Recording police raids or arrests not an offence, lawyers take home minister to task

“… the home minister is either ignorant of the law or deliberately preventing the scrutiny of any abuse of power or unlawful act by members of the police force”

(MalaysiaNow) – Lawyers for Liberty says the government itself has approved the use of body cameras for the police.

Rights group Lawyers for Liberty (LFL) today took Hamzah Zainudin to task for calling it an offence to record or livestream the police during raids or arrests, saying the home minister has no legal basis for his claim.

Hamzah, in a written reply in the Dewan Rakyat yesterday, had said that those who film an arrest or raid could face action under Section 186 of the Penal Code for obstructing a public officer or disrupting investigations.

He also said that sharing such incidents was a violation of Section 233 of the Communications and Multimedia Act (CMA) on disturbing others.

But LFL director Zaid Malek said there were no legal provisions criminalising the act of recording police officers in the course of their duty, whether by camera, video or livestream.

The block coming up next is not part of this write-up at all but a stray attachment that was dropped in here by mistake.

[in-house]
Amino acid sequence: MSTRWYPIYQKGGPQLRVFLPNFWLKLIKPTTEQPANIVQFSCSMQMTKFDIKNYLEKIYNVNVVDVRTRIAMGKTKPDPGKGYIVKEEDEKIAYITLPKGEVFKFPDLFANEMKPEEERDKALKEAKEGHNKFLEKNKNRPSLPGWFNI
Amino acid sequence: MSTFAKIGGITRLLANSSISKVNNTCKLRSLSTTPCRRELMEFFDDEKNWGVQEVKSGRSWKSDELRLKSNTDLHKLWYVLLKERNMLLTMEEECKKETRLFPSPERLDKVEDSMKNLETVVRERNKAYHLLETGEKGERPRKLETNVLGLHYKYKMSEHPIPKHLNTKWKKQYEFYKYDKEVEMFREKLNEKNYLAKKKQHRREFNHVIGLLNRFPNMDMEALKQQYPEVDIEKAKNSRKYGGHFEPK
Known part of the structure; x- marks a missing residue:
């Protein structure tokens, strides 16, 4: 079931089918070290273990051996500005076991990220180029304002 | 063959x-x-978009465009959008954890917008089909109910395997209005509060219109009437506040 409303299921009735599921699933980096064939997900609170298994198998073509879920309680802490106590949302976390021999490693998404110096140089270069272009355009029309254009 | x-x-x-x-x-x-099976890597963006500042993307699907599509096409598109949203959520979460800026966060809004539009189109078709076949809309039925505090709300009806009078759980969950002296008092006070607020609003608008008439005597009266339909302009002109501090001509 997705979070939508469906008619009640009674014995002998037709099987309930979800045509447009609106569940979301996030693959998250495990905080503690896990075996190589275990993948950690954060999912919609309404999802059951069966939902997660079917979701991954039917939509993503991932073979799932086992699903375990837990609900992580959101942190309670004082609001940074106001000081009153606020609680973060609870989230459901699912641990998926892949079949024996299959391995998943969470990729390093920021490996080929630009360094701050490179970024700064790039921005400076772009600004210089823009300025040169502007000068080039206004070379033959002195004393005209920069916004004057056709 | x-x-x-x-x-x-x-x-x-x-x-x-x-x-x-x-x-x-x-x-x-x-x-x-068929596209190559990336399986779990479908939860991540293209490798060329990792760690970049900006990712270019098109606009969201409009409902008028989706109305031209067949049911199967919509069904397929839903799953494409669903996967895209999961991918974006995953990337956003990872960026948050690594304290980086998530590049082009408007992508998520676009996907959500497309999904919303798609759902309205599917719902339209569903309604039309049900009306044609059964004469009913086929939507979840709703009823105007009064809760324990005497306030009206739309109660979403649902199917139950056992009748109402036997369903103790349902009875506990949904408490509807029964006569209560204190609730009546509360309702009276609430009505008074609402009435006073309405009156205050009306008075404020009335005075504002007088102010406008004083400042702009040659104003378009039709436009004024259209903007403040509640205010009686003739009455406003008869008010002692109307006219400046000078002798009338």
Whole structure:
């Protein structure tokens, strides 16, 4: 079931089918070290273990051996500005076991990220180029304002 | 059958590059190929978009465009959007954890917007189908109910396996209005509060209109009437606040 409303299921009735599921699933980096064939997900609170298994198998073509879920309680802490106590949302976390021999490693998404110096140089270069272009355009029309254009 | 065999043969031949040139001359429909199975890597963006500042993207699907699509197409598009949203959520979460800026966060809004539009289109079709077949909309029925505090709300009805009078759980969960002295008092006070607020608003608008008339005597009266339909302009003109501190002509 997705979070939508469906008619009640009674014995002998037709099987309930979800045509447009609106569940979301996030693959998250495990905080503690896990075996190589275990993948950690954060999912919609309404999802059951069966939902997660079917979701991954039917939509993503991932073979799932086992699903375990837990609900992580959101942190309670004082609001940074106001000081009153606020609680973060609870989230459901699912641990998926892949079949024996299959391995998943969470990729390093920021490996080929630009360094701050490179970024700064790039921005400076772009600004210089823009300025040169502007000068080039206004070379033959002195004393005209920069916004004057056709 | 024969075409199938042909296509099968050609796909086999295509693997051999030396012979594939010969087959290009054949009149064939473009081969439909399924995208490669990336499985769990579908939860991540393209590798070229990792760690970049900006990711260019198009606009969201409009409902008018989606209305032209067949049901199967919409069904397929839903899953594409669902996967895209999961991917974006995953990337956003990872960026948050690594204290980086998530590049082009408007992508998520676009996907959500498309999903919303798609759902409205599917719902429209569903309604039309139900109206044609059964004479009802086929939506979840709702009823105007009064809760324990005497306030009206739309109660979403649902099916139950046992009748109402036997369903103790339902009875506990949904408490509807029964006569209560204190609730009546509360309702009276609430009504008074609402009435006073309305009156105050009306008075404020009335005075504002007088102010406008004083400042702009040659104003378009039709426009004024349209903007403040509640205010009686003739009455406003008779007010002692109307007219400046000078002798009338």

“Indeed, we know of no such offence anywhere else in the democratic world,” he said.

“On the contrary, recording public servants in their enforcement actions is a positive act as it helps prevent wrongful acts or abuse of power.

“To know that they are being watched is salutary for the integrity and performance of the public services, particularly the police force.”

Zaid also questioned if Hamzah had sought advice from the Attorney-General’s Chambers on the matter, calling it “sheer nonsense” for the minister to rely on the Penal Code and CMA to support his claim.

“Recording or live-streaming is not an obstruction of police officers doing their duty as defined in Section 186 of the Penal Code,” he said.

“Neither does Section 233 of the CMA encompass the act of recording the actions of police officers or sharing it online.”

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